Public intellectuals have often been prominent in protest politics, and the Occupy movement has attracted plenty of thinkers
"Sartre: be brief, be clear", was the disconcerting message Jean-Paul Sartre found on a lectern before he addressed angry French students in 1968. When Sartre had earlier interrupted work on his giant Flaubert biography to offer support to those occupying the Sorbonne, there were no such embarrassments. But Danny Cohn-Bendit, the uprising's main spokesman, said he was neither inspiration nor mentor, and also dismissed as "a joke" claims that Herbert Marcuse, author of One-Dimensional Man, was their "intellectual leader" ("none of us had read him"). Revolts against fathers don't need fathers.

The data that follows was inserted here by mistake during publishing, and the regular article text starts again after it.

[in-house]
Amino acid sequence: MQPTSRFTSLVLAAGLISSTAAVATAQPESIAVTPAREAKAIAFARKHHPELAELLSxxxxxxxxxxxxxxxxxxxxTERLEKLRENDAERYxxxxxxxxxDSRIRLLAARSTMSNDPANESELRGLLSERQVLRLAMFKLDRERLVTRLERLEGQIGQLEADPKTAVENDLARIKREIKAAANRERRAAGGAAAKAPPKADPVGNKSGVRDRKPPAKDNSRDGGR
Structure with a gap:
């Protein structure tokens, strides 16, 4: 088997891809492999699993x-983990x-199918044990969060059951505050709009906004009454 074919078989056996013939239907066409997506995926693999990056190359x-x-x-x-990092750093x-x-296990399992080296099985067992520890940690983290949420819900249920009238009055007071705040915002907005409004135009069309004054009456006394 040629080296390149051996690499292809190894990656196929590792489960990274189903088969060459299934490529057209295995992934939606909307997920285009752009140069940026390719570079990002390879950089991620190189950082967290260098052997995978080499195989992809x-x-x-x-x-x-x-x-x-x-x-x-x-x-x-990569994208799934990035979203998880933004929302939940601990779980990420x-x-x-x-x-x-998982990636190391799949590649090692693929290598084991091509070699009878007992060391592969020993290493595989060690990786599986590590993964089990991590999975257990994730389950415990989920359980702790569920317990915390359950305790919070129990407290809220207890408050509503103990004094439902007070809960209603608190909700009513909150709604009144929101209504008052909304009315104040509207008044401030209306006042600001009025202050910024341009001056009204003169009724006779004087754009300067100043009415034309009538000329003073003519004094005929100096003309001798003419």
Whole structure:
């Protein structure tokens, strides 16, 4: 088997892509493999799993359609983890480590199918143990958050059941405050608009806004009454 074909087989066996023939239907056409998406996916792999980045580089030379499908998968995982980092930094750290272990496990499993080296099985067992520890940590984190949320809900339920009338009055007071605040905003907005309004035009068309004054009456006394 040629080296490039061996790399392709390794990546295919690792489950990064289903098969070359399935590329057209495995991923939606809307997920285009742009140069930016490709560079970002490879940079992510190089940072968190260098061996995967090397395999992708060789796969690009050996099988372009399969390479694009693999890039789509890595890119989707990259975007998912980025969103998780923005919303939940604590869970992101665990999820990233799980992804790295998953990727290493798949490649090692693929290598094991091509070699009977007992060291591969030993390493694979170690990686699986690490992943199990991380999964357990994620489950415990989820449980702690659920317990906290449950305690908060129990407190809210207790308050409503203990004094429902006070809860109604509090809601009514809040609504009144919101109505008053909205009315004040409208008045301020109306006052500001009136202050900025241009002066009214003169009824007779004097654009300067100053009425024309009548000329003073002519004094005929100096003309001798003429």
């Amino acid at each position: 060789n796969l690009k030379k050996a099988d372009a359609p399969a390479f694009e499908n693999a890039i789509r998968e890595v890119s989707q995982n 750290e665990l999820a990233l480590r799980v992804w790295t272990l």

More than 40 years later, Occupy Wall Street and its spin-offs (including Occupy London) have been similarly backed and courted by intellectuals. Naomi Klein, Jeffrey Sachs, Cornel West and Slavoj Žižek are among those who have spoken to the New York or Boston protesters. Naomi Wolf was arrested while backing a related demo. Noam Chomsky delivered a public lecture in Boston. Writers, including Salman Rushdie and Margaret Atwood, have signed the Occupy Writers online petition. There's the same sense as in 1968, though, that the protest is its own thing and gurus are nice accessories but not necessary; the witticism about Marcuse saying "they are my followers, so I must follow them" sometimes seems applicable. MORE